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General info on honey

The sweet secretion of the plants which helps pollination is used by the bees to produce the sweet, healthy matter we call honey. Apart from cooking, where we use it as sweetener, honey is also used in medicine, as a significantly efficient remedy for many ailments and as a companion to standard medical therapies.

There are situations in which honey can become polluted with microbes from the vegetation, bees or dirt. The processes of gathering and preparation can also induce the same risk to honey. Luckily, honey has special traits that enable it to ward off most of the germs on its own. In cases when honey cannot destroy the bacteria on its own, honey can be treated to ensure than no bacteria remain in it.

Applications of honey

Patients suffering from hay fever, cough and asthma can benefit from consumption of honey. Furthermore, honey is administered to people who have troubles with diarrhea, and to those with stomach ulcerations provoked by the bacterium called Helicobacter pylori.

As an excellent source of energy, it is commonly used during heavy workout. Athletes from many sports, as well as recreational sports persons, use honey alone or in different mixtures of food as an efficient energy booster. Taken prior to the physical activity, it provides substantial amounts of fuel to the body, owing to its calorie count and supply of vitamins.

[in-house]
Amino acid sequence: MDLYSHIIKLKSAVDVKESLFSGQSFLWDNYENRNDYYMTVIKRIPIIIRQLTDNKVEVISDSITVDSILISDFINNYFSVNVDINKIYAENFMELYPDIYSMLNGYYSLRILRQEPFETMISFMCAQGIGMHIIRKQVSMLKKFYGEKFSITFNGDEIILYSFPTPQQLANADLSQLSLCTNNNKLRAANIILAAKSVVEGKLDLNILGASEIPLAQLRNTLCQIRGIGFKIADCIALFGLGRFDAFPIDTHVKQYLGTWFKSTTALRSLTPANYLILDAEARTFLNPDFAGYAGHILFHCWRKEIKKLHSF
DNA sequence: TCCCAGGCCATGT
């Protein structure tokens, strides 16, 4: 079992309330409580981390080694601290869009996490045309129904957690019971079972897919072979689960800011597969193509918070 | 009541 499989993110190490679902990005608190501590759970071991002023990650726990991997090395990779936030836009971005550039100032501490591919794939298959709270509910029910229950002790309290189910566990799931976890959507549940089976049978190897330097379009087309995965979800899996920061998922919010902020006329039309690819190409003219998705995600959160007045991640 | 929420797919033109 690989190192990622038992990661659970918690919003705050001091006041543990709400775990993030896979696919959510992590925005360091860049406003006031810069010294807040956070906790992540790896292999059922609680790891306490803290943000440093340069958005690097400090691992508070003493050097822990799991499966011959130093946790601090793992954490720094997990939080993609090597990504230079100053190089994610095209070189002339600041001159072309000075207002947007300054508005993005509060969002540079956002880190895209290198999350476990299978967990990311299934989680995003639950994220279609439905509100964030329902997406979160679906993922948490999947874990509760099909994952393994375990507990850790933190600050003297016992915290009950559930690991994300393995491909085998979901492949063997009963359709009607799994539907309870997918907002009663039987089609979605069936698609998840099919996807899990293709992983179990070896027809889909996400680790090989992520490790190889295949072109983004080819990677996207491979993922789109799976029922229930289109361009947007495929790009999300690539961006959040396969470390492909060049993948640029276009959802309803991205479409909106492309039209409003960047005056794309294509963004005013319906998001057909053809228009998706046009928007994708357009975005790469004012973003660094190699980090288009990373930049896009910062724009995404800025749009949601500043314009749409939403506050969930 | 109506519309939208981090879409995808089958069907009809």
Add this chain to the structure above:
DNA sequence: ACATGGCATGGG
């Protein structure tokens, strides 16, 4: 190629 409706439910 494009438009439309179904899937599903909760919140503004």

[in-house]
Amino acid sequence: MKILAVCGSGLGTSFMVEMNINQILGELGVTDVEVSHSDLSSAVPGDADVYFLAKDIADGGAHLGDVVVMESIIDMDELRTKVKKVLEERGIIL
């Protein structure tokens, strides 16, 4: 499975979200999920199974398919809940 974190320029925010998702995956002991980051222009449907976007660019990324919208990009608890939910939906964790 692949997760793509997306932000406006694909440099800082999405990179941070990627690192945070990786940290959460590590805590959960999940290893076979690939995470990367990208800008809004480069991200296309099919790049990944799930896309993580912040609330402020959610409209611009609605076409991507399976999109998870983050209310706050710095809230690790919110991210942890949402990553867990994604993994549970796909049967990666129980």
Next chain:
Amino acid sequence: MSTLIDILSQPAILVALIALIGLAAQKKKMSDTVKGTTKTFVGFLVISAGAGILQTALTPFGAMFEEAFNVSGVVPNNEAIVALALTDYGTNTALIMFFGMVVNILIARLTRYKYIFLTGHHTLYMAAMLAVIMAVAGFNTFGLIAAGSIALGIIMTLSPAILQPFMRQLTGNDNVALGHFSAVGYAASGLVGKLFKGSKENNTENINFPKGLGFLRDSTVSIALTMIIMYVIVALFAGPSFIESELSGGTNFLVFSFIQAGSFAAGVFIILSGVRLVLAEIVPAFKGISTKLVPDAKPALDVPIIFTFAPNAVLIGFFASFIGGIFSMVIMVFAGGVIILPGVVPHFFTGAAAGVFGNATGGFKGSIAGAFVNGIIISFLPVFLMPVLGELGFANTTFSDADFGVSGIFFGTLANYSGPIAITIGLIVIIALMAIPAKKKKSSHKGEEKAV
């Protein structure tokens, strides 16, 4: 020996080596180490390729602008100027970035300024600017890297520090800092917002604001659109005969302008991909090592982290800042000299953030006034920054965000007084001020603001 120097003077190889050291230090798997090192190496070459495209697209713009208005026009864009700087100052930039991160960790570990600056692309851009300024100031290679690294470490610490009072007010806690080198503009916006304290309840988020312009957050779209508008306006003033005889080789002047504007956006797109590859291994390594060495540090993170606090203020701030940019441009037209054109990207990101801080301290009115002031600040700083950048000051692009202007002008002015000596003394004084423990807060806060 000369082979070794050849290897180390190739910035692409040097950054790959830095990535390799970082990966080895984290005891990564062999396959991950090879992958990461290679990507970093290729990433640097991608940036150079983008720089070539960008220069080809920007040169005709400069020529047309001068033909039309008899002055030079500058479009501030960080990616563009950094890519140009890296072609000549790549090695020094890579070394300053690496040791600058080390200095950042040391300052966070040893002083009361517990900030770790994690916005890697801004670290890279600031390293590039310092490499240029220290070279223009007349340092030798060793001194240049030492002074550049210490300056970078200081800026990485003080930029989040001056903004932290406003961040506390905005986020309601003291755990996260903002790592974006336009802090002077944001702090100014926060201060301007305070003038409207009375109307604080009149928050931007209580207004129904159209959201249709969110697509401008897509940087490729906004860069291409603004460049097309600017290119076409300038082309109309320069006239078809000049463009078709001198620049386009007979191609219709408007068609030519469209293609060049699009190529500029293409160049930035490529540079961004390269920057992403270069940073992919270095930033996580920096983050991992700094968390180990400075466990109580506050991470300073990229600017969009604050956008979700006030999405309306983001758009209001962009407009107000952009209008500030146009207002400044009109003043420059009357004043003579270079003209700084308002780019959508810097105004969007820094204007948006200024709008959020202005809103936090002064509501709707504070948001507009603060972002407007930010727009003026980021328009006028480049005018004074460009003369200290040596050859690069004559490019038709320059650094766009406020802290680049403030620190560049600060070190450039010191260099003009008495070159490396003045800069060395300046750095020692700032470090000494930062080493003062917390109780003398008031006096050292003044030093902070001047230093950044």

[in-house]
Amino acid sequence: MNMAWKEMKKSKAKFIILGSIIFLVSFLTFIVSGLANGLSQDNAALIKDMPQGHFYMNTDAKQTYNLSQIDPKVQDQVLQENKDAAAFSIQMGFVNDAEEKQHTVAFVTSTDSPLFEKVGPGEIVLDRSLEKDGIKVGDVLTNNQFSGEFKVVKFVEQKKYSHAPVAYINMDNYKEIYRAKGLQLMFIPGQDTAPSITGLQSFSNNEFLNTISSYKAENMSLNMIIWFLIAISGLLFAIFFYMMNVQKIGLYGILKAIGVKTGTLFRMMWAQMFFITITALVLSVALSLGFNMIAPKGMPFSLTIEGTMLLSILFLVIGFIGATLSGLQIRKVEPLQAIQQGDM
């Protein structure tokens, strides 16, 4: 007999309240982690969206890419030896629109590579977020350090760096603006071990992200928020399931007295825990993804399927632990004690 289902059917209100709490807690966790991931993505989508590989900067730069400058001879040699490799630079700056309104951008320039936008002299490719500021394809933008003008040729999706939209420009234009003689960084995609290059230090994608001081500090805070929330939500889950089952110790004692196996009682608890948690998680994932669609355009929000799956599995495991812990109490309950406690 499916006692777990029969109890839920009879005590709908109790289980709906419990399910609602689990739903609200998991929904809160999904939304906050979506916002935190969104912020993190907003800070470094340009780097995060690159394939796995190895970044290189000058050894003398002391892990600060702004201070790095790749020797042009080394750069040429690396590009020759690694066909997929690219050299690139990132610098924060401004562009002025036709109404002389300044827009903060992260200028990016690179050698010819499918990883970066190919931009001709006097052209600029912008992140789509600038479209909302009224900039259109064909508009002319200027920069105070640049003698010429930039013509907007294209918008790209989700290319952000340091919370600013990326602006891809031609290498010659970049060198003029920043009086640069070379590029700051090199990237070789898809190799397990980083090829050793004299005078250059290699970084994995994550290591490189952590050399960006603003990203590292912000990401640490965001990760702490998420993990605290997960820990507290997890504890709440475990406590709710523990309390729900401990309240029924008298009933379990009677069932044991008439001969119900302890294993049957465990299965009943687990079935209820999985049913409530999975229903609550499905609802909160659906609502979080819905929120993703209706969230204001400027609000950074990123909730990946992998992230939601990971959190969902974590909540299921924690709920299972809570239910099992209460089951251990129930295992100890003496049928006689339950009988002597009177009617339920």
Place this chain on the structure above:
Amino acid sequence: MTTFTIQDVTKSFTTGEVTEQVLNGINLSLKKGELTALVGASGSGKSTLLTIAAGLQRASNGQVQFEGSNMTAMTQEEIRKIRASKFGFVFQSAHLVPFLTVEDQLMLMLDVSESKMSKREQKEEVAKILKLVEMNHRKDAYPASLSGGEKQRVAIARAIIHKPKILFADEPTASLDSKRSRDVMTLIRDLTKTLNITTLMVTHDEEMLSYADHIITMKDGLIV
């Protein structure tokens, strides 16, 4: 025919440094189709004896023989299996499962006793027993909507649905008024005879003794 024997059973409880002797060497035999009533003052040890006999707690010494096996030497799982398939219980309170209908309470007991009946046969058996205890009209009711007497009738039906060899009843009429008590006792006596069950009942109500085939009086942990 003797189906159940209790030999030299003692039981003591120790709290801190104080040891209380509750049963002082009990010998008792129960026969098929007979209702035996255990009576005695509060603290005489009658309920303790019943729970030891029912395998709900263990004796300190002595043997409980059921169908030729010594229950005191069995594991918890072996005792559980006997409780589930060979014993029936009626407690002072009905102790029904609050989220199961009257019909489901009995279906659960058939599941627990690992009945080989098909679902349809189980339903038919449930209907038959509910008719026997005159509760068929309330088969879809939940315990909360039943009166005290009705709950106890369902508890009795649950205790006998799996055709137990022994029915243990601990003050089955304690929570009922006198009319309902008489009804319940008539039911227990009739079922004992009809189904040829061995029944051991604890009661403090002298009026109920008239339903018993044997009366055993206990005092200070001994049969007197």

Honey is very successful at healing wounds to the skin, such as burns, lacerations and some other surface traumas. It is usually applied directly, and it works by disinfecting the injured skin, reducing pain and decreasing the period needed for healing.

Potential negative side effects

When administered directly onto the skin or consumed orally, honey is considered a substance with virtually no risk of side-effects whatsoever for grownups or older children.

Although grownups or older children do not run the risk of such a side effect, babies younger than 12 months should not be given unprocessed honey, since there is the danger of them being infected with botulism.

The risk of being infected with botulism does not exist with pregnant women, provided we are talking about average food quantities. Since there is not enough reliable information concerning the matter, medicinal quantities may bear some risks of side effect harm with pregnant ladies, or with those that are breast-feeding. Just in case, these women should stick to consumption of food quantities of honey and avoid applying it onto the skin.

People who suffer from confirmed allergy to pollen need to abstain from taking honey. Although there are some indications that honey is beneficial for hay fever, the risk of damage to the health from the side effects is not negligible. Since pollen is contained within honey, it can cause defensive reactions of the patient’s body.

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